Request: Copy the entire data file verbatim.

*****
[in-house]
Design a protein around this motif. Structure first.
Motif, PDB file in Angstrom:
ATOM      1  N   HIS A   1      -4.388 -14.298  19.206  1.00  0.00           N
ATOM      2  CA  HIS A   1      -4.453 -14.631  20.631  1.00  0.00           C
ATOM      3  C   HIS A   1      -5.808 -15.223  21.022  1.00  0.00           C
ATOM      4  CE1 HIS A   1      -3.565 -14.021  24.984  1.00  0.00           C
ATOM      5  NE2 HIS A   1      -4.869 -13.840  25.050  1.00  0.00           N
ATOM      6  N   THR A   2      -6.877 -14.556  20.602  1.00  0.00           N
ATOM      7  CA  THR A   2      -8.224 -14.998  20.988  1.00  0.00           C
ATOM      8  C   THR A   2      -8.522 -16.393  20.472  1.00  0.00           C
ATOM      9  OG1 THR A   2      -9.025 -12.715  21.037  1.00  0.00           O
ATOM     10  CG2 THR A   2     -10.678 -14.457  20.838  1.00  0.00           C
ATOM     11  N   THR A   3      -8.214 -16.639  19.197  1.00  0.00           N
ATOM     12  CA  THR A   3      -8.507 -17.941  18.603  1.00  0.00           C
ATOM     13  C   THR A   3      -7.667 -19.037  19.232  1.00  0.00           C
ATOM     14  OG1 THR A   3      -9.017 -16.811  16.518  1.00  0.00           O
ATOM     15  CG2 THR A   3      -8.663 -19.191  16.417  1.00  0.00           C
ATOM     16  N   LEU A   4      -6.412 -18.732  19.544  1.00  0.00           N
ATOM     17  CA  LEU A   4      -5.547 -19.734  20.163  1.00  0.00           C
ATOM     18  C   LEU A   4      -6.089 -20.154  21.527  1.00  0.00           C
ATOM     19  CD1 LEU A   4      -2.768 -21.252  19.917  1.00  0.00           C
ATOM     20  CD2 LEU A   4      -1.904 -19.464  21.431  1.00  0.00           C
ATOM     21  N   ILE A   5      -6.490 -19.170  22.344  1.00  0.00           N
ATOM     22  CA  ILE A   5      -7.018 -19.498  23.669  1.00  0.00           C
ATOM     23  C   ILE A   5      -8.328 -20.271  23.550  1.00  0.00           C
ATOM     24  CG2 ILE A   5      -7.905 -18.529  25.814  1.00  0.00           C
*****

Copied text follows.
[in-house]
Design a protein around this motif. Structure first.
Motif, PDB file in Angstrom:
ATOM      1  N   HIS A   1      -4.388 -14.298  19.206  1.00  0.00           N
ATOM      2  CA  HIS A   1      -4.453 -14.631  20.631  1.00  0.00           C
ATOM      3  C   HIS A   1      -5.808 -15.223  21.022  1.00  0.00           C
ATOM      4  CE1 HIS A   1      -3.565 -14.021  24.984  1.00  0.00           C
ATOM      5  NE2 HIS A   1      -4.869 -13.840  25.050  1.00  0.00           N
ATOM      6  N   THR A   2      -6.877 -14.556  20.602  1.00  0.00           N
ATOM      7  CA  THR A   2      -8.224 -14.998  20.988  1.00  0.00           C
ATOM      8  C   THR A   2      -8.522 -16.393  20.472  1.00  0.00           C
ATOM      9  OG1 THR A   2      -9.025 -12.715  21.037  1.00  0.00           O
ATOM     10  CG2 THR A   2     -10.678 -14.457  20.838  1.00  0.00           C
ATOM     11  N   THR A   3      -8.214 -16.639  19.197  1.00  0.00           N
ATOM     12  CA  THR A   3      -8.507 -17.941  18.603  1.00  0.00           C
ATOM     13  C   THR A   3      -7.667 -19.037  19.232  1.00  0.00           C
ATOM     14  OG1 THR A   3      -9.017 -16.811  16.518  1.00  0.00           O
ATOM     15  CG2 THR A   3      -8.663 -19.191  16.417  1.00  0.00           C
ATOM     16  N   LEU A   4      -6.412 -18.732  19.544  1.00  0.00           N
ATOM     17  CA  LEU A   4      -5.547 -19.734  20.163  1.00  0.00           C
ATOM     18  C   LEU A   4      -6.089 -20.154  21.527  1.00  0.00           C
ATOM     19  CD1 LEU A   4      -2.768 -21.252  19.917  1.00  0.00           C
ATOM     20  CD2 LEU A   4      -1.904 -19.464  21.431  1.00  0.00           C
ATOM     21  N   ILE A   5      -6.490 -19.170  22.344  1.00  0.00           N
ATOM     22  CA  ILE A   5      -7.018 -19.498  23.669  1.00  0.00           C
ATOM     23  C   ILE A   5      -8.328 -20.271  23.550  1.00  0.00           C
ATOM     24  CG2 ILE A   5      -7.905 -18.529  25.814  1.00  0.00           C